Lay of the Land and Future Plans
Today, I’ve spent a goodly amount of time reacquainting myself with the subtle nuances of layout software. While I’ve had my hand in the layout and design of all our projects to one degree or another, such as selecting fonts, mocking up the covers, or even doing all the bits myself, I’ll admit it’s been awhile, but I’m looking forward to getting more involved with this particular aspect of the workflow, at least for awhile. That’s not to say I’ll be handling all the layout myself, but if I’m handling this part of the process, it should eliminate some of the delays we’ve experienced in the past with the back and forth between layout artists and my editors. I want you to know I’ve worked with some fine graphic guys and look forward to working with some more in the future, but to get out some of the smaller products in a timely manner wherein some revenue can be generated, I’m your man. As such, our aesthetic shall be moving more towards the quality and style displayed in Iron Dynasty: Way of the Ronin. It’s a conscious migration towards a more spartan style, embracing and showcasing the written word in a direct, honest manner.
For me, the message has always been the most important part of any project. We want to convey the world, the setting, the rules, and the vision in a method as direct and clear as possible. We want to get the words into your hands as readily as we can, but various factors cause delays to arise. I’m making strides to move forward in this bold, simpler direction, and admit a certain degree of apprehension. I have no idea what the response will be towards this move. We had positive responses to the aesthetic of Iron Dynasty: Way of the Ronin and only hope you all understand this is the right move for us right now. If it explodes in our face, I’ll take the hit. I’ve had numerous meetings about this with my team, and they support my decision. At the end of the day, I hope you do too!
Before any alarms start blaring, I want you to know we’re not talking a sacrifice in quality, just a more focused application of our resources and talent base. Now that I’ve said this aloud, it’s an exciting, liberating step forward. If you have any questions or comments, I’d love to hear for you. I’m not trying to be vague here, I’m just trying to frame where we’re coming from. All of us, including yours truly, are passionate about games and gaming, and we’re striving ever harder to streamline the process of getting our ideas to you as rapidly as possible. For those paying attention, this is way I’ve been ruminating aloud about various and sundry systems and methods of transmitting data to you as directly as possible.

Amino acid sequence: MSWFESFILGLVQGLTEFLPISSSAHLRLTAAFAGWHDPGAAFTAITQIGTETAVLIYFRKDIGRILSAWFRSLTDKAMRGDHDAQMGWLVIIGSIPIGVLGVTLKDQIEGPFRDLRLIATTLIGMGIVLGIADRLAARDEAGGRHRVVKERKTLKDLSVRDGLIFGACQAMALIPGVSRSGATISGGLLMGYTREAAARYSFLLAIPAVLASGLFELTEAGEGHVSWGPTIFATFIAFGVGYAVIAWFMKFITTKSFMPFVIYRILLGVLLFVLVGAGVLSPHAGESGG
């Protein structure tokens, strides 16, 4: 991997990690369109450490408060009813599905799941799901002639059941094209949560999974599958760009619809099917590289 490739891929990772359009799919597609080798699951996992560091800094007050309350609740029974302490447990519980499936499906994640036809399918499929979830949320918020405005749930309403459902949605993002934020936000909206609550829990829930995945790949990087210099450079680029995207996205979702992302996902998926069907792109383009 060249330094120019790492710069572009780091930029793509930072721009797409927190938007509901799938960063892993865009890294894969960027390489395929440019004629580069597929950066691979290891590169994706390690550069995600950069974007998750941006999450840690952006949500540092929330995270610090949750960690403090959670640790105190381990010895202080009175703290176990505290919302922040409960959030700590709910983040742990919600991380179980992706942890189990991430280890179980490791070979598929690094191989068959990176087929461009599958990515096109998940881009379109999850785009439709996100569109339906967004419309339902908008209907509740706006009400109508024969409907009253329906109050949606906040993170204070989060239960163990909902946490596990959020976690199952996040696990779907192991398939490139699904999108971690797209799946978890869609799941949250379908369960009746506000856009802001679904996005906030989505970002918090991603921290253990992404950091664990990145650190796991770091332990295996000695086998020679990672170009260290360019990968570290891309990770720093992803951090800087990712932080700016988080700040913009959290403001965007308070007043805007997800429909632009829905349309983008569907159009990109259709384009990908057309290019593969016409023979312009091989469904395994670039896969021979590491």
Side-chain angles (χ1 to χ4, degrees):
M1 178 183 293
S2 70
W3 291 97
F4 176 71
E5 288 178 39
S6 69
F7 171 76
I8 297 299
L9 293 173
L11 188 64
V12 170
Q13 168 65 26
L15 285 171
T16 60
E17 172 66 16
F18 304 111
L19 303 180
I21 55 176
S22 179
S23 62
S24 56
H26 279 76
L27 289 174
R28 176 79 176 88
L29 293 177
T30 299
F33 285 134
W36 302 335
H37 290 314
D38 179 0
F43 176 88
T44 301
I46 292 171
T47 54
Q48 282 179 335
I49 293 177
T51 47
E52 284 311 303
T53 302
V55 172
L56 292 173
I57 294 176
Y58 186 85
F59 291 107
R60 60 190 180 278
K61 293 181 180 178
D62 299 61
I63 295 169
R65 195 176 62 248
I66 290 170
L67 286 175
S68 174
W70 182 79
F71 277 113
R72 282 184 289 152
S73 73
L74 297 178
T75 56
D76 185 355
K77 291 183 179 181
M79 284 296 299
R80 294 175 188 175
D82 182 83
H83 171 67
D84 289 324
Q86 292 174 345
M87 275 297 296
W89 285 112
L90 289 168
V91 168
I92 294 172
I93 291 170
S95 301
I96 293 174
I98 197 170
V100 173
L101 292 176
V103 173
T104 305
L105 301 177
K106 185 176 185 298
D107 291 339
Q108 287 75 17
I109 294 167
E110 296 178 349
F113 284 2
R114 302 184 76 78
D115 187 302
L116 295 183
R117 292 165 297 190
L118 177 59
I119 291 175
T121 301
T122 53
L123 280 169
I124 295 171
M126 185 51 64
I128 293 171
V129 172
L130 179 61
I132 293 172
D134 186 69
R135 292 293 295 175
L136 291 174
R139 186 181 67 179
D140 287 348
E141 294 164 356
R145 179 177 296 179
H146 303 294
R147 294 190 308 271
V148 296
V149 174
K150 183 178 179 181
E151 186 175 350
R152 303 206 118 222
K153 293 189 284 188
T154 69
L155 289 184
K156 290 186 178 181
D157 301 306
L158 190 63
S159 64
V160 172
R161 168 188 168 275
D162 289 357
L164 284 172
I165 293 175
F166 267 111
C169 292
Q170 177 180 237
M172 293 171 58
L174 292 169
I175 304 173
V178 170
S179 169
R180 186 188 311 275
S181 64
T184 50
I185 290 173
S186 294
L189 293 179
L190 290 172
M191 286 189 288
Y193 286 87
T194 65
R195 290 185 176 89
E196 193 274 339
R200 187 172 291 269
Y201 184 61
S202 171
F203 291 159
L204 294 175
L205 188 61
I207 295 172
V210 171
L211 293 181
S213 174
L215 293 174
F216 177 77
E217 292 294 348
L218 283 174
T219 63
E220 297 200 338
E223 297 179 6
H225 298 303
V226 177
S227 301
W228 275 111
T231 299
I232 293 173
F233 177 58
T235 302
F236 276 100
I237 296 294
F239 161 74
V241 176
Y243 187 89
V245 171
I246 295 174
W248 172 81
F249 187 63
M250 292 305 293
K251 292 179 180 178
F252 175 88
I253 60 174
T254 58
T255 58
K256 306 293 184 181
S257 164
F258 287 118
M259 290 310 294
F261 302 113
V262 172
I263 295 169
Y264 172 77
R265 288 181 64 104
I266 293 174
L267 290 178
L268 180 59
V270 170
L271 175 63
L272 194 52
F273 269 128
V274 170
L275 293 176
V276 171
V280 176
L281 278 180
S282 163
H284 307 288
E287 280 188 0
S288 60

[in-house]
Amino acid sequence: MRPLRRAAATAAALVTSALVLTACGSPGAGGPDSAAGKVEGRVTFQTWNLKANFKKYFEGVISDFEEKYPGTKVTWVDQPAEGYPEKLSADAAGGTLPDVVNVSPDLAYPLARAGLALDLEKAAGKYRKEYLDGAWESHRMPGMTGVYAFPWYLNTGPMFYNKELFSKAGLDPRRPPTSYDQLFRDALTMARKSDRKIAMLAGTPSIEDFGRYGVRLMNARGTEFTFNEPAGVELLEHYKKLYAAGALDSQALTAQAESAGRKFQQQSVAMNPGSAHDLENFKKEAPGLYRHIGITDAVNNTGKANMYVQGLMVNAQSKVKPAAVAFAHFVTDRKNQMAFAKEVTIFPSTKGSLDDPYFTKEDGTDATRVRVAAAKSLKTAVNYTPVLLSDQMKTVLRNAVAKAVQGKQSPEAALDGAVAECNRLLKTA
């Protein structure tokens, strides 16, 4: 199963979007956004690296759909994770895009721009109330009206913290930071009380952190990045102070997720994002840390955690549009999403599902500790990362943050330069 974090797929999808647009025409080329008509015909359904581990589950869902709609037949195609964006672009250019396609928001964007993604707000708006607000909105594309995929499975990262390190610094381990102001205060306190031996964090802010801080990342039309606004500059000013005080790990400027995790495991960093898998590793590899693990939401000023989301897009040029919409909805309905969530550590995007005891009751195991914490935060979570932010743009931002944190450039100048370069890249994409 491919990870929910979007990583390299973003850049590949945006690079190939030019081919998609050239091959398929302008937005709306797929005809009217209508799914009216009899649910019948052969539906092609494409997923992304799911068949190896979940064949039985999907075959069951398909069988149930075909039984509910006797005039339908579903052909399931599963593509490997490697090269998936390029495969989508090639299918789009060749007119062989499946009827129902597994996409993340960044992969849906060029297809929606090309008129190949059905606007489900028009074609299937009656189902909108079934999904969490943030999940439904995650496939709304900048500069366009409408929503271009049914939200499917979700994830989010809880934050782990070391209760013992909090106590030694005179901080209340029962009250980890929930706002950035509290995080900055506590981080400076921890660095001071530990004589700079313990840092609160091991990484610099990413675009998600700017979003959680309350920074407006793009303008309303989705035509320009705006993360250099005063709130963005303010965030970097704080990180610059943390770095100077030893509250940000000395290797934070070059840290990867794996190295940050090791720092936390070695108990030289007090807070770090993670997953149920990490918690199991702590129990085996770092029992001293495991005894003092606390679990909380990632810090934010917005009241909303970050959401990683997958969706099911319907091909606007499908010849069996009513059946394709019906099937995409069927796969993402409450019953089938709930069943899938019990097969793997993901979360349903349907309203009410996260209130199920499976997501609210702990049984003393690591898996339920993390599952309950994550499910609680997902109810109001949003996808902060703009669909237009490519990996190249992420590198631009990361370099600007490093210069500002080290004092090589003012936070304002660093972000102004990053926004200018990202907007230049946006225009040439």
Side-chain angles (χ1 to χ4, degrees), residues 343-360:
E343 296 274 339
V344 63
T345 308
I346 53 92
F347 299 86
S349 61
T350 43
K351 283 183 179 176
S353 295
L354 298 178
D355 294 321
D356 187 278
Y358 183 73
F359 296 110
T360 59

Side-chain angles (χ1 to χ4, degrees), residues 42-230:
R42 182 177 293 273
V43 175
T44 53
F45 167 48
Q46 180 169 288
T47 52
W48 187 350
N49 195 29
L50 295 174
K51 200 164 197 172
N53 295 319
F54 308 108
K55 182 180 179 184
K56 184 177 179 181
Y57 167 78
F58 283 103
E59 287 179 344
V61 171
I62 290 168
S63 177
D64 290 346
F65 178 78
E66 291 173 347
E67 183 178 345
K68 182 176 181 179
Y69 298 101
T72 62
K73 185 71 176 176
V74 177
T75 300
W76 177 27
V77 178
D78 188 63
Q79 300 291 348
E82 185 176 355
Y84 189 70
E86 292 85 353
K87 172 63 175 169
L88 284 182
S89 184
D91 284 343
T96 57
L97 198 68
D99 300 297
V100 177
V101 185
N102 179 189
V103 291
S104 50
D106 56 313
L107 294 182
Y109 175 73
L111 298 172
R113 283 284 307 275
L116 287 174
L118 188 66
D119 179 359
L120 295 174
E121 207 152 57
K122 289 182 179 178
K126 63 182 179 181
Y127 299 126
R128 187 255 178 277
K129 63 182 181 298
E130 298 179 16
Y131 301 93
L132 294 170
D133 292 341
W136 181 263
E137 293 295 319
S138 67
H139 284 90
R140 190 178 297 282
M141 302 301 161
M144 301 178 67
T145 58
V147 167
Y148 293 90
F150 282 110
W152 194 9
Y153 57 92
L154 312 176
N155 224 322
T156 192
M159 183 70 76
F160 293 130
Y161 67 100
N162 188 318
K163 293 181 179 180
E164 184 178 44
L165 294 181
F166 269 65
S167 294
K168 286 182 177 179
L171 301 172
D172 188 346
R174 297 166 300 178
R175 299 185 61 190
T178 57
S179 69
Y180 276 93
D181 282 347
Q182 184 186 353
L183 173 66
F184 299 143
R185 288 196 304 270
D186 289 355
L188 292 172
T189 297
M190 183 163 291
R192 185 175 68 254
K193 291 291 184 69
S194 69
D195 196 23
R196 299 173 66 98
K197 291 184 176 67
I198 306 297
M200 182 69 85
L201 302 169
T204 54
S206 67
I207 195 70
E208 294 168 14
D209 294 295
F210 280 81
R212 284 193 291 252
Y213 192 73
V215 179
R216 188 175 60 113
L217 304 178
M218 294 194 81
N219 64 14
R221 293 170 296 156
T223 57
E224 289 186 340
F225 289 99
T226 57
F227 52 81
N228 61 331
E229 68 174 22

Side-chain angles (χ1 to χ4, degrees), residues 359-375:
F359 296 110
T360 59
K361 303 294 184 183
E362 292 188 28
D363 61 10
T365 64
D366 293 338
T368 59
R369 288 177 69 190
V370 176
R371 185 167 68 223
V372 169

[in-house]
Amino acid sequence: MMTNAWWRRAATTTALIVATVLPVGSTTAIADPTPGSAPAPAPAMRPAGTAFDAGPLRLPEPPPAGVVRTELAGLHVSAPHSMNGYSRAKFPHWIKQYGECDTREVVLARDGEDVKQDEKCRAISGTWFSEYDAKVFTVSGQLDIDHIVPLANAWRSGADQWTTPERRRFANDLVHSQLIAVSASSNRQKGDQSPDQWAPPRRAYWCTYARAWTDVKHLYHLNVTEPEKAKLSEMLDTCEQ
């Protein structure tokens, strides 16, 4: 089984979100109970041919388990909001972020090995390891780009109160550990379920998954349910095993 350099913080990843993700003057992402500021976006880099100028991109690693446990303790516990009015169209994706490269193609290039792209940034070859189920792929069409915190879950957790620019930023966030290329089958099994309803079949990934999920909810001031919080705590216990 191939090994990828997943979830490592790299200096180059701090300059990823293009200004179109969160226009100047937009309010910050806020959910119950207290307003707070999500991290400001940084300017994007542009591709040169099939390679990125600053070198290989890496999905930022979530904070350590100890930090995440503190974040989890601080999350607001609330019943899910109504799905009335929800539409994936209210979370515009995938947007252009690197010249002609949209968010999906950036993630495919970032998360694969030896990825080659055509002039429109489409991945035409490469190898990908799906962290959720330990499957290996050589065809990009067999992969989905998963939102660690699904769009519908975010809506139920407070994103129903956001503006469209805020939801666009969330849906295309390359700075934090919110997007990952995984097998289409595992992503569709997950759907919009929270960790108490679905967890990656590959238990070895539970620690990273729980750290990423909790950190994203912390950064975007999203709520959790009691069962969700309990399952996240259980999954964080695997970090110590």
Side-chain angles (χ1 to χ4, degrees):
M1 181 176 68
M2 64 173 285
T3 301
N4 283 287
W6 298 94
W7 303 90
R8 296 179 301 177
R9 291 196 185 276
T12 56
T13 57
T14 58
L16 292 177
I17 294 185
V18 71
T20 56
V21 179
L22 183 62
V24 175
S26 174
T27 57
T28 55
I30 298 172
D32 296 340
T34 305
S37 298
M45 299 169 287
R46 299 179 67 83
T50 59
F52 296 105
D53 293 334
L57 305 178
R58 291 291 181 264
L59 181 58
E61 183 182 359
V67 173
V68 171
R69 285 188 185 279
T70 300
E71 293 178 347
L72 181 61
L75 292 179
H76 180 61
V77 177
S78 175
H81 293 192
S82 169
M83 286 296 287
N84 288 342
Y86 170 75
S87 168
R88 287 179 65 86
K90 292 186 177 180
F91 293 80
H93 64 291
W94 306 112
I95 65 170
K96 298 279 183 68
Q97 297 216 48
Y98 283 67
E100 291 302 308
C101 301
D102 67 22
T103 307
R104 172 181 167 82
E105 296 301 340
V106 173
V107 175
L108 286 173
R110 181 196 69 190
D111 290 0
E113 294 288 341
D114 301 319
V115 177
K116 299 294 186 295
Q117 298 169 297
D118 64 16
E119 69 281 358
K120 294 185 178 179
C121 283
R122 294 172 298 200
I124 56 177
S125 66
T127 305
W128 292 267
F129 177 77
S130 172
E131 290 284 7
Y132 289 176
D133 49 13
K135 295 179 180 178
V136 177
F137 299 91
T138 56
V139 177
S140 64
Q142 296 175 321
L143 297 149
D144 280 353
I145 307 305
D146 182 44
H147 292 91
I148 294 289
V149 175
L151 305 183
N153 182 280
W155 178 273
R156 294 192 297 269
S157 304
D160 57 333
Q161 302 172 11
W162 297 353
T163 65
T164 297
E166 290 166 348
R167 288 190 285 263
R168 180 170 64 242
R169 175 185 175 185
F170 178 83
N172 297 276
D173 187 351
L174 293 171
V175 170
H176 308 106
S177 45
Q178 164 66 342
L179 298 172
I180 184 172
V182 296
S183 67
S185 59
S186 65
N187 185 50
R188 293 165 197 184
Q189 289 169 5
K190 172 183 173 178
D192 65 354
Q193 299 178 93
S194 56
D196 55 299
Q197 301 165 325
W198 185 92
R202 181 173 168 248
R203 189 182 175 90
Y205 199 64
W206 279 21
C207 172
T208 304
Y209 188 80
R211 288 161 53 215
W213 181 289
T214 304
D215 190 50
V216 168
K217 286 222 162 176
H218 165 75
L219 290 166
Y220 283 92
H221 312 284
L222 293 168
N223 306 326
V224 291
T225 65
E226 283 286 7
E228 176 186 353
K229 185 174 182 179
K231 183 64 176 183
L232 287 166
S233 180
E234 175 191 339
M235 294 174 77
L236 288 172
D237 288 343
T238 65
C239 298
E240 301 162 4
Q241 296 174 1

Until next time, I bid you, dear reader, adieu!
So what specifically takes so long in the workflow? Does it just take a long time to get material to and from each other?
So what’s the next thing in the schedule?
Material moves back and forth at the speed of the internet, but things can get missed in layout or, more likely, a copy editor or proofer notes something missed (such as an item improperly formatted or overlooked altogether) when they look at the item laid out. It’s just one of the natures of the business. Everyone looks at copy in its raw form all through the process until the final stages, so what outsiders may note as glaringly obvious is not always the case when reading through walls of text.
We have built up a small, talented staff over the years, that I’m very proud to be working with. If we handle all this stuff in house, changes can be made more expeditiously.
The next upcoming release is our first guidebook for Iron Dynasty!
Wow. Thanks for the concise explanation.
Very good to hear mate, and encouraging news for those of us who are not art or layout gurus. Your posts as always are very informative, and I love reading them on a regular basis :)